Proper Amount of Sleep Is As Important As Any Workout

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More coaches need to recognize the importance of sleep for athletics and apply lessons from sleep research in training regimens.

Let’s focus on a topic that’s vastly overlooked.

While it’s something that most of us enjoy, too often it’s taken for granted or ignored. Why? It’s the ultimate passive activity, considered by many as the least productive part of their lives.

I’m talking about sleep.

With millions of us deficient regarding our sleep patterns, it’s clear that we need more and better sleep. The plain truth is this: most of us need more sleep than we’re getting.

Surveys conducted between 1999-2004 by the American Psychological Association showed that over 70 different sleep disorders were represented in more than 40 million Americans. Up to to 60% Americans reported that they experience sleep issues at least a few nights a week.

About 70% of children experience sleep problems a few nights a week. Is it any wonder, then, that kids often seem lost in space during practice?

Although we all have differing needs for the amount of sleep, the general rule is that humans are built for about 16 hours of conscious thought and approximately eight hours of sleep per day. Some people report they only need six hours of sleep, while others state they need ten hours.

The guideline to follow is that children up to age 17-18 need closer to 9 hours of sleep per night to achieve/maintain proper physical development and cognitive functioning.

Courtesy: Athletics Weekly

A lot of important things happen during sleep. Cells repair, muscles grow, growth hormone is produced, and protein synthesis occurs. One fascinating process is how the rush of cerebrospinal fluid (CSF) through the brain washes out waste created by the massive amount of work done each day by brain cells.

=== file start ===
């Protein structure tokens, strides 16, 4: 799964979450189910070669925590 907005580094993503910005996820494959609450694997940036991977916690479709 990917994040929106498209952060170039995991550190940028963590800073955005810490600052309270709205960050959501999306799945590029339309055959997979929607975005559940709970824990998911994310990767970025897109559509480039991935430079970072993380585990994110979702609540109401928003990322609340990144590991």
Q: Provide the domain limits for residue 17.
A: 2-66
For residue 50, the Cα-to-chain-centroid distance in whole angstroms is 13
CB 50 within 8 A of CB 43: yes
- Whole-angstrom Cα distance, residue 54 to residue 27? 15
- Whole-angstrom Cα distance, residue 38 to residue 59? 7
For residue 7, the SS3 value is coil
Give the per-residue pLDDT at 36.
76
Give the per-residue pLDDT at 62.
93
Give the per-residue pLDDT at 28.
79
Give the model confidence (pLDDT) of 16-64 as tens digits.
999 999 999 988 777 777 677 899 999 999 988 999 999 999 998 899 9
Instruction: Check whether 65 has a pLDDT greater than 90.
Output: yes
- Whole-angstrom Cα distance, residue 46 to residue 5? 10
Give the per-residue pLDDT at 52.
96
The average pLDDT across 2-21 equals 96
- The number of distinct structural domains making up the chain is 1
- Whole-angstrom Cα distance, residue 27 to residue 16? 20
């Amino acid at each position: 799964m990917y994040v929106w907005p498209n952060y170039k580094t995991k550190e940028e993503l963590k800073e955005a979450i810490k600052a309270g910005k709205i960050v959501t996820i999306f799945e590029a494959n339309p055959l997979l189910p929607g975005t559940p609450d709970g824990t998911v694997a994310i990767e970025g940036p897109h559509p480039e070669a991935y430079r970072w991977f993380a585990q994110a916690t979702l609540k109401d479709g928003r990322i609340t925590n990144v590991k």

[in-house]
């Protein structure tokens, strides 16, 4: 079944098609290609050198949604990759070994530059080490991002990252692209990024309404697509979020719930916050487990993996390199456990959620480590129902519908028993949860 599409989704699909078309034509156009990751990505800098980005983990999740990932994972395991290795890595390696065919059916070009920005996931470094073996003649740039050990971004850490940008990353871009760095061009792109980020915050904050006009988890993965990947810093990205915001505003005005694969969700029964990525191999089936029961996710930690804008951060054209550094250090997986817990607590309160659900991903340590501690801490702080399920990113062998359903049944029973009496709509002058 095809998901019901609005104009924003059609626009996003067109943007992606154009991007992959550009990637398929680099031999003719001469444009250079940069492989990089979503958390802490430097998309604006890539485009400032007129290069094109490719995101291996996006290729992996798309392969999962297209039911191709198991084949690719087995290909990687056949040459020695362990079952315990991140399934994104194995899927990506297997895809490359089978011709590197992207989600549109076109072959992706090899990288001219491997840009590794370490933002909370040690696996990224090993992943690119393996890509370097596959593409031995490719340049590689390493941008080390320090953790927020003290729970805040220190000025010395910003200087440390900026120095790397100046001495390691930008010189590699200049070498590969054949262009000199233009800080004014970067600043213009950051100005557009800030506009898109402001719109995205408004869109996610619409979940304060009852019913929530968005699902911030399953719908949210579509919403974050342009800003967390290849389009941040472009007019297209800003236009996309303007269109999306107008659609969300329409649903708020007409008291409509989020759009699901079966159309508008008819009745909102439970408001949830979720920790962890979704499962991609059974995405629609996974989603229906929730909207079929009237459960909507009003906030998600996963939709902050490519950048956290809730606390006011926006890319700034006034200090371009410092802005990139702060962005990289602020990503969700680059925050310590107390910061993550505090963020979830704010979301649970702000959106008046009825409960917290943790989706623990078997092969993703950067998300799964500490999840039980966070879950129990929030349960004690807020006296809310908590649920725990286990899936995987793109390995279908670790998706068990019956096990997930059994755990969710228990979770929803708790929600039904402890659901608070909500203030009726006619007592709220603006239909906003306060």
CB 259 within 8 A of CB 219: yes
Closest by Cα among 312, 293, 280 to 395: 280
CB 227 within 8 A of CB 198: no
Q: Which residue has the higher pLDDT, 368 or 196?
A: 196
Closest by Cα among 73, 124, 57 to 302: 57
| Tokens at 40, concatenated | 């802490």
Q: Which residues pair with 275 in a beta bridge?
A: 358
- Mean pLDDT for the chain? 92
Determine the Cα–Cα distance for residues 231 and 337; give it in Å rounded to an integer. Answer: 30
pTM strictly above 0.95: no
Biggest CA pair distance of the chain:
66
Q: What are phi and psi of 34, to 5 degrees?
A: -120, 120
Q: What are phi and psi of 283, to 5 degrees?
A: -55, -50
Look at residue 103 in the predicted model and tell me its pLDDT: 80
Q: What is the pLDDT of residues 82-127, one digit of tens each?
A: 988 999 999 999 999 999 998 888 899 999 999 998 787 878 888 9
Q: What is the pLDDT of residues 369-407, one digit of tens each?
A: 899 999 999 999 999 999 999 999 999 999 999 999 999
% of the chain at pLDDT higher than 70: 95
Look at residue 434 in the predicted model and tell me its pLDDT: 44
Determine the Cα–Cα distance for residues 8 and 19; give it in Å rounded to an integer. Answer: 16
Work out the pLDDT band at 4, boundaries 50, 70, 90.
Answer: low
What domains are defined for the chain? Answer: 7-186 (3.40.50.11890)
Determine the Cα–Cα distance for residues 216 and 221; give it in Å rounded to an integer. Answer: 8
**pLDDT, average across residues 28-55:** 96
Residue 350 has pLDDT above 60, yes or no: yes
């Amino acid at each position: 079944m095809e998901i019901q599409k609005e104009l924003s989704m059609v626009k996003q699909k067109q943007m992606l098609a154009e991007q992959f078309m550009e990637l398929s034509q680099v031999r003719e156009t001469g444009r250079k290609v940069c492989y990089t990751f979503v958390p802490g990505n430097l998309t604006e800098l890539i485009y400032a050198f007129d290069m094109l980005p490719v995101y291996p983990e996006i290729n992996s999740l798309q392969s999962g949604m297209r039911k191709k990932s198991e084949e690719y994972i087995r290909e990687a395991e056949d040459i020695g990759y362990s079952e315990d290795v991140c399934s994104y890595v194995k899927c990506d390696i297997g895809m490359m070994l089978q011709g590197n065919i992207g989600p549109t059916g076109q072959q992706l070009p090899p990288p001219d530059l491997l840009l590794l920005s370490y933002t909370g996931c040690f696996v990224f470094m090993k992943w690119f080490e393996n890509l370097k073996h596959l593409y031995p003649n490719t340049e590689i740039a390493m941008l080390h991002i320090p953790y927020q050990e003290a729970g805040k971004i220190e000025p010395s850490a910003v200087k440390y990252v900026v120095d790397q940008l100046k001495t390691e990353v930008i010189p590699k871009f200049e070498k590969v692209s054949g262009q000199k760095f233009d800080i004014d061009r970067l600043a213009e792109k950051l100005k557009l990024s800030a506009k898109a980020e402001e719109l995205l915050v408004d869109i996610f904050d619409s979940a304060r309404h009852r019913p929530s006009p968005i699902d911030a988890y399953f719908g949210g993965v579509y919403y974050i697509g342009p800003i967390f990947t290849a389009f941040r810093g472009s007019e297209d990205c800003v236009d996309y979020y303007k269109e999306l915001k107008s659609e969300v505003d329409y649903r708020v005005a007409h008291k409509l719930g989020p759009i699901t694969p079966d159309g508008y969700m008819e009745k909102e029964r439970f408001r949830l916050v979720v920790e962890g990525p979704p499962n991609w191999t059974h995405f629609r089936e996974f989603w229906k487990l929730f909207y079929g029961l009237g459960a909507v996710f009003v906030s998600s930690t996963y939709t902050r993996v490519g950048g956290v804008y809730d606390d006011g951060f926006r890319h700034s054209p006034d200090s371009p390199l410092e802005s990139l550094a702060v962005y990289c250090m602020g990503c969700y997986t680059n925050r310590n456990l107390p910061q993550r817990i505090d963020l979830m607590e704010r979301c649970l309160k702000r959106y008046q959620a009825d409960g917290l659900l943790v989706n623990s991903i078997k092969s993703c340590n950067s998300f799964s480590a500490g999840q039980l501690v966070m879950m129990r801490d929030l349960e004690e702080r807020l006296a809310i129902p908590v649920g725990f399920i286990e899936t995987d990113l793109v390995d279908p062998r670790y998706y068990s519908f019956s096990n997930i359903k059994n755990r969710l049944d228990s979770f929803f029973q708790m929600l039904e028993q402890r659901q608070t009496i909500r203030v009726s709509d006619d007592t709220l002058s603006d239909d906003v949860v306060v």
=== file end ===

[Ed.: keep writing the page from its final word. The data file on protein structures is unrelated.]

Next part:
If those things don’t happen, then our bodies will not be able to grow or repair as needed. We won’t feel as energized or as mentally clear.

Additionally, skipping sleep can drastically lower testosterone levels in as little as ONE WEEK. Lower testosterone levels are linked directly linked to lower energy, concentration problems, higher fatigue levels, and decreased strength.

The University of Chicago Medical Center studied 10 healthy men, age 18-23, who were deprived of sleep for one week. Tests showed a 10-15% drop in their testosterone levels. And we all know what testosterone does for athletes.

More coaches need to recognize the importance of sleep in athletics and apply lessons from sleep research in training regimens.



Read more insights from Coach Morgan Sullivan at his site.


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